Years ago in elementary school I remember being warned not to eat my glue because it was made out of horse’s hooves. I thought this was an odd thing to tell someone. I couldn’t imagine of any reason to eat glue regardless of what it might be made of. Years later I learned that my classmates weren’t quite correct. We used good old Elmer’s white glue, or polyvinyl acetate (also called PVA), which is a chemist’s concoction and contained no hooves. However, there was a time when glue was indeed made from hooves, skins and other bits of connective tissue, so I suppose my classmates weren’t completely off-base.
Today I often use traditional hot hide glue both because its use is appropriate for the 19th century and because it has several advantages over modern PVAs, polyurethanes and epoxies. It is reversible, cleans up easily, is non-toxic and essential for repairing antique furniture and millwork.
Hide glue is rendered from connective tissue and other parts of animals containing the protein collagen. The treated hides and other parts are boiled in large vats of water, the nasty scum skimmed away and the reaming accumulation collected and dried. During the 19th century the glue was usually shipped in small blocks but today is broken up and sold in granular form. I keep mine sealed in an air-tight container: an old mason jar.
Here is some granular hide glue up close. Since hide glue can be re-heated and re-used, it once was the responsibility of the shop apprentice to gather up all the waste bits of glue and return them to the glue pot so nothing would be wasted.
I soak the glue in cold water over night until the water is absorbed. The usual ratio of glue to water is one part glue to two parts water. Thicker or thinner glues can be cooked for certain occasions. I use a cast iron glue pot which is actually two pots in one: a smaller pot which holds the glue/water mixture and an outer jacket that holds water and functions like a double boiler.
I place the glue pot on a hot plate or stove until it reaches 150 degrees or thereabouts. Today I am working in the furniture shop at The Landing, a living history museum in Shakopee, MN, so am using a 19th century wood stove. Despite being made from the skin and tendons of farm animals, the hot glue has almost no odor.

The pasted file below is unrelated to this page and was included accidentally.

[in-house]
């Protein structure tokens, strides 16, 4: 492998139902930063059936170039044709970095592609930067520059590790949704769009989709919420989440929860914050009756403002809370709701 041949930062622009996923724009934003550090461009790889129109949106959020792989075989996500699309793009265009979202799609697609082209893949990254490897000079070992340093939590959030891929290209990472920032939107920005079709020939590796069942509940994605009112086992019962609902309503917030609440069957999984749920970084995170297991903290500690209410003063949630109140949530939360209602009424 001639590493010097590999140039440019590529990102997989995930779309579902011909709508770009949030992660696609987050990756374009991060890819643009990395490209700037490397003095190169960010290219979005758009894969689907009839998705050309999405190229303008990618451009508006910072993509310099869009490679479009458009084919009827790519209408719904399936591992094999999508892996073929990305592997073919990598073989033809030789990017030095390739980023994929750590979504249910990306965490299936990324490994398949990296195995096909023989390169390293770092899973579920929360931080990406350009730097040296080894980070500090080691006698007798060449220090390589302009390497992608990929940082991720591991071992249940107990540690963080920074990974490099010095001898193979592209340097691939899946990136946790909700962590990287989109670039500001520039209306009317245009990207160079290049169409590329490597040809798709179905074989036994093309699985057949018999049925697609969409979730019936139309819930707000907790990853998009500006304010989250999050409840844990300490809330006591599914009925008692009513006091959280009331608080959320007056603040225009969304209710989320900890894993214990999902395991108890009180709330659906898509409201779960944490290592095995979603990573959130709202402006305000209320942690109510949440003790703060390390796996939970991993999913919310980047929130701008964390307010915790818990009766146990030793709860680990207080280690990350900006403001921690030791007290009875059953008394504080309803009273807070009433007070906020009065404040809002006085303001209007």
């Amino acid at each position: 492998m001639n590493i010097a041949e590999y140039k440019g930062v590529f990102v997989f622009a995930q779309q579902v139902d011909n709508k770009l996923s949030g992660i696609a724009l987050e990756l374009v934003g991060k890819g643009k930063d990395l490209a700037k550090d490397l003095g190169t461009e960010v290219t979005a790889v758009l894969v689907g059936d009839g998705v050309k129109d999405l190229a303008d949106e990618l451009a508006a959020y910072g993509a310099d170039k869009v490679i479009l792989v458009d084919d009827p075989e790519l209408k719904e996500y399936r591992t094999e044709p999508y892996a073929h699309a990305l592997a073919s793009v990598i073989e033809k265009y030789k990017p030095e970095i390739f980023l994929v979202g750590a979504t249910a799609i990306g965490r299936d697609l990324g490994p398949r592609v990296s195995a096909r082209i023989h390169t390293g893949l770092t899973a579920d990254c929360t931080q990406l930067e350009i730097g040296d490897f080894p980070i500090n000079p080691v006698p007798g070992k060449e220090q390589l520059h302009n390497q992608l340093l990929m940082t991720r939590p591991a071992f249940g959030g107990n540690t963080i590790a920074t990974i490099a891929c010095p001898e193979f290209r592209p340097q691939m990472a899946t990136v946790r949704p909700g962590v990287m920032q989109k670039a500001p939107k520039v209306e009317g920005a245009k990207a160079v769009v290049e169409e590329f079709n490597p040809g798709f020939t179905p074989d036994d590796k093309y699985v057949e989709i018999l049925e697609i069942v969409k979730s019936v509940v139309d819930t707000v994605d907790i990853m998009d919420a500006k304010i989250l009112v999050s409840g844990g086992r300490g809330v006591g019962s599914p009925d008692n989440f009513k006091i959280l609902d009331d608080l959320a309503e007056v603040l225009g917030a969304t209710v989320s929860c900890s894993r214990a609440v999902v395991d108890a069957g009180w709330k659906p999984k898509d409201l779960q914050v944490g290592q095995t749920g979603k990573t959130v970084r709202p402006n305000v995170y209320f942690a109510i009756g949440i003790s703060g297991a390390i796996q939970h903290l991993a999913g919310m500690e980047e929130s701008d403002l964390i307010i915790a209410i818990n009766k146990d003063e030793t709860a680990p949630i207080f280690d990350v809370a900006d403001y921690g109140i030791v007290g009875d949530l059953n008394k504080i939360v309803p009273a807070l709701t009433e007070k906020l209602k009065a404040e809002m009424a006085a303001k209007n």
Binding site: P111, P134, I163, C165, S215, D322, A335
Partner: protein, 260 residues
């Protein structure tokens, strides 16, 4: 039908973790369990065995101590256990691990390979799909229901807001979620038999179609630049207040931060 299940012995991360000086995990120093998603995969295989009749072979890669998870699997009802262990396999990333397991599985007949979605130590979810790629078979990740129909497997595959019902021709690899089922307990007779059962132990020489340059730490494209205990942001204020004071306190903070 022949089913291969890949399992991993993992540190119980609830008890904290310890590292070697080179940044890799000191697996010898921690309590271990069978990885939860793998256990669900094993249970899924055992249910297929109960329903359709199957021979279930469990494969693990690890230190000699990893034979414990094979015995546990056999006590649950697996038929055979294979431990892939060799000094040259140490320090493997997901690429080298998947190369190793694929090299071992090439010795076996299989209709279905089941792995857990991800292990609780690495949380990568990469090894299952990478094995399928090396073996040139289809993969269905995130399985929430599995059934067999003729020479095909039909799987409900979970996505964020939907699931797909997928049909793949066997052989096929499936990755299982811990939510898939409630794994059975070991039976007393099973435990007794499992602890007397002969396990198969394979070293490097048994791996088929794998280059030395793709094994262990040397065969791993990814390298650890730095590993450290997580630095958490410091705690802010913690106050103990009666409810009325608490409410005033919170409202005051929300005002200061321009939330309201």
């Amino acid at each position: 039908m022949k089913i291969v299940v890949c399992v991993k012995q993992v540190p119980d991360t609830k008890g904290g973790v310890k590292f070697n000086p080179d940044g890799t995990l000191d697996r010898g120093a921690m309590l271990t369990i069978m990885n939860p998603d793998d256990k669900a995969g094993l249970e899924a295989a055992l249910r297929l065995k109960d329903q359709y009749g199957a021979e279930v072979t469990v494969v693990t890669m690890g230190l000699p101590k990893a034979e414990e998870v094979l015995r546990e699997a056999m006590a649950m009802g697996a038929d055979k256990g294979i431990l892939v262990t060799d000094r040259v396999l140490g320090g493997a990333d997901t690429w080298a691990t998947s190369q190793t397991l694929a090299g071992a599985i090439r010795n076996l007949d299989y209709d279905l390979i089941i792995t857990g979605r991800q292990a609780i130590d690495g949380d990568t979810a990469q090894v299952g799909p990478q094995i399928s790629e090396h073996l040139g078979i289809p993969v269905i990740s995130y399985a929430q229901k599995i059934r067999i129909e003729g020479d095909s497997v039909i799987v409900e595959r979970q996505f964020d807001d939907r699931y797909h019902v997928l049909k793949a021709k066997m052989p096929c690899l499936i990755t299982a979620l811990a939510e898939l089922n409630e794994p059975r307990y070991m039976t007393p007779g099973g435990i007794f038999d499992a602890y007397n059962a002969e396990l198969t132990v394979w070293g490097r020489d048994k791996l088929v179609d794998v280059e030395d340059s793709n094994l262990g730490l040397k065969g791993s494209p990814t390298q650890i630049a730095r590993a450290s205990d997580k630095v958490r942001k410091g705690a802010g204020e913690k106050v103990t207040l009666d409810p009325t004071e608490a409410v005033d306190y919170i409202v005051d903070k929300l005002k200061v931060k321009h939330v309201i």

Once the glue reaches the correct temperature it will become viscous, have the consistency of egg whites and can easily be applied with a brush.
One disadvantage of hide glue is its short open time. That means it sets up quickly so large glue-ups must be planned and executed quickly. Here I am doing a simple glue-up of a small table top. I apply the glue liberally to both surfaces with a glue brush. It is important to use plenty of glue and not to clamp so firmly that all of the glue is squeezed out. Sometimes urea was added to the glue to increase the open time (it is also added to liquid hide glue which you can buy in bottles) but this can weaken the glue if too much is used.
I sometimes clamp (especially when its cold) because hide glue can thicken and gel so you don’t get a strong joint. In this case I rubbed the two pieces along the joint until it just began to stick. I then quickly clamped the pieces, although rubbed joints don’t always requite clamping. As you can see, it can be a messy process but excess glue can easily be softened with a damp cloth and scraped away with a knife. I have dedicated an old, dinged-up chisel to the task of scraping away the gluey mess. Be sure the surfaces are warm. If they are too cool the glue will shock, or gel, and the joint will not be tight.
So, why use hide glue? Its greatest advantage is that it is reversible. Heat and warm water remove spills and messes. Reversibility is particularly important when restoring or conserving antique furniture and millwork because any work that you do can be undone later on with no damage to the piece. Epoxies, PVA and and polyurethane glues often cannot be satisfactorily removed and can leave residue. This residue cannot be dissolved by fresh glue meaning later glue-ups might not adhere to the old glue and result in a weak joint. Old hide glue can be scraped away quite easily or reactivated with heat or fresh hot hide glue. It is very strong and (depending on the grade of glue) creates a bond that rivals that of modern epoxies. It is also compatible with stains and finishes. Since modern glues can leave residue in wood pores, there are often spots and blotches when finishing. Hide glue can even adhere to glass!
Like all glues, it does have some weaknesses. It is not resistant to water, although some additives can be mixed in to make somewhat more resistant. It does not fill gaps well, meaning close-fitting joints are essential. I am convinced that most of hide glue’s poor reputation comes from failures attributable to poorly fitting joints rather than problems with the glue itself. Left-over glue will deteriorate quickly if left in the pot so it is best to make just enough for your project and throw the remainder away if not used within a few days.
Even though it is all-natural and non-toxic I cannot recommend eating hide glue. But, if on a dare, make sure it is hot hide glue and not the stuff in the bottle. I hate to think where the urea might come from that is added to keep it liquid. Bon appetit!